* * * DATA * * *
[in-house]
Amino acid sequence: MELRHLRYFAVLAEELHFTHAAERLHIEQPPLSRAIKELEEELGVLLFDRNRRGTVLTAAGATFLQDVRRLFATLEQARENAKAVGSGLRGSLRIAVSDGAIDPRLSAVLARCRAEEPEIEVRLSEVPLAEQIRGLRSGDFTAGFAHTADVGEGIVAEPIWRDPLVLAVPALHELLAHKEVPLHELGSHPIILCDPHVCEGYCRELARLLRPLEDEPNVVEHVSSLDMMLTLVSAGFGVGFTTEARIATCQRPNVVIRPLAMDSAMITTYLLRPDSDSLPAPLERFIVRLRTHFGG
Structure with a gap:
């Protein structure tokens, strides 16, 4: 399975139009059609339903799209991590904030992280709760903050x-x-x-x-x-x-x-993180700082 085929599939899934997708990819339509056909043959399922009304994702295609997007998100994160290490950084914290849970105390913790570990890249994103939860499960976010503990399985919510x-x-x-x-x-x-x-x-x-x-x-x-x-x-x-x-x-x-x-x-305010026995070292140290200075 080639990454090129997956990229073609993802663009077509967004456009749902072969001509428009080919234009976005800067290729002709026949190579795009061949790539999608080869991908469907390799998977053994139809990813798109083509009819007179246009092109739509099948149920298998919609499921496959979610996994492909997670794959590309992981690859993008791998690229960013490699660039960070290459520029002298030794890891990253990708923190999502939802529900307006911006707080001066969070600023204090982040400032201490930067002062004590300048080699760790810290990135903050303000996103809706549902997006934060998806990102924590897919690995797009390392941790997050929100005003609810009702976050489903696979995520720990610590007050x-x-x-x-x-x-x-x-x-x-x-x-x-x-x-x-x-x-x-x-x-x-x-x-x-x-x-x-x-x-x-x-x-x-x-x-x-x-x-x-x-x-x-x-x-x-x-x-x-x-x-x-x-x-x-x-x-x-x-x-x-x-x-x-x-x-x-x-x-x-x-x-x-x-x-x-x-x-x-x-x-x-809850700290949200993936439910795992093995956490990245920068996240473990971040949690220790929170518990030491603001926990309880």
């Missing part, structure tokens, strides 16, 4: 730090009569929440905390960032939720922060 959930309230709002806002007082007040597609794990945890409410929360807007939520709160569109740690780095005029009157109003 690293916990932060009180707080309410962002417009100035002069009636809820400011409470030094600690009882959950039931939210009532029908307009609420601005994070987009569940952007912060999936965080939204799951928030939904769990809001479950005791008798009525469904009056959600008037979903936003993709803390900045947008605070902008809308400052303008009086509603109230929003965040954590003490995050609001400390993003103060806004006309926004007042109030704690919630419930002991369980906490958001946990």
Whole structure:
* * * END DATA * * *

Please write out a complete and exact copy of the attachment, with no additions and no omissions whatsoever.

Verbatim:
[in-house]
Amino acid sequence: MELRHLRYFAVLAEELHFTHAAERLHIEQPPLSRAIKELEEELGVLLFDRNRRGTVLTAAGATFLQDVRRLFATLEQARENAKAVGSGLRGSLRIAVSDGAIDPRLSAVLARCRAEEPEIEVRLSEVPLAEQIRGLRSGDFTAGFAHTADVGEGIVAEPIWRDPLVLAVPALHELLAHKEVPLHELGSHPIILCDPHVCEGYCRELARLLRPLEDEPNVVEHVSSLDMMLTLVSAGFGVGFTTEARIATCQRPNVVIRPLAMDSAMITTYLLRPDSDSLPAPLERFIVRLRTHFGG
Structure with a gap:
């Protein structure tokens, strides 16, 4: 399975139009059609339903799209991590904030992280709760903050x-x-x-x-x-x-x-993180700082 085929599939899934997708990819339509056909043959399922009304994702295609997007998100994160290490950084914290849970105390913790570990890249994103939860499960976010503990399985919510x-x-x-x-x-x-x-x-x-x-x-x-x-x-x-x-x-x-x-x-305010026995070292140290200075 080639990454090129997956990229073609993802663009077509967004456009749902072969001509428009080919234009976005800067290729002709026949190579795009061949790539999608080869991908469907390799998977053994139809990813798109083509009819007179246009092109739509099948149920298998919609499921496959979610996994492909997670794959590309992981690859993008791998690229960013490699660039960070290459520029002298030794890891990253990708923190999502939802529900307006911006707080001066969070600023204090982040400032201490930067002062004590300048080699760790810290990135903050303000996103809706549902997006934060998806990102924590897919690995797009390392941790997050929100005003609810009702976050489903696979995520720990610590007050x-x-x-x-x-x-x-x-x-x-x-x-x-x-x-x-x-x-x-x-x-x-x-x-x-x-x-x-x-x-x-x-x-x-x-x-x-x-x-x-x-x-x-x-x-x-x-x-x-x-x-x-x-x-x-x-x-x-x-x-x-x-x-x-x-x-x-x-x-x-x-x-x-x-x-x-x-x-x-x-x-x-809850700290949200993936439910795992093995956490990245920068996240473990971040949690220790929170518990030491603001926990309880």
């Missing part, structure tokens, strides 16, 4: 730090009569929440905390960032939720922060 959930309230709002806002007082007040597609794990945890409410929360807007939520709160569109740690780095005029009157109003 690293916990932060009180707080309410962002417009100035002069009636809820400011409470030094600690009882959950039931939210009532029908307009609420601005994070987009569940952007912060999936965080939204799951928030939904769990809001479950005791008798009525469904009056959600008037979903936003993709803390900045947008605070902008809308400052303008009086509603109230929003965040954590003490995050609001400390993003103060806004006309926004007042109030704690919630419930002991369980906490958001946990």
Whole structure: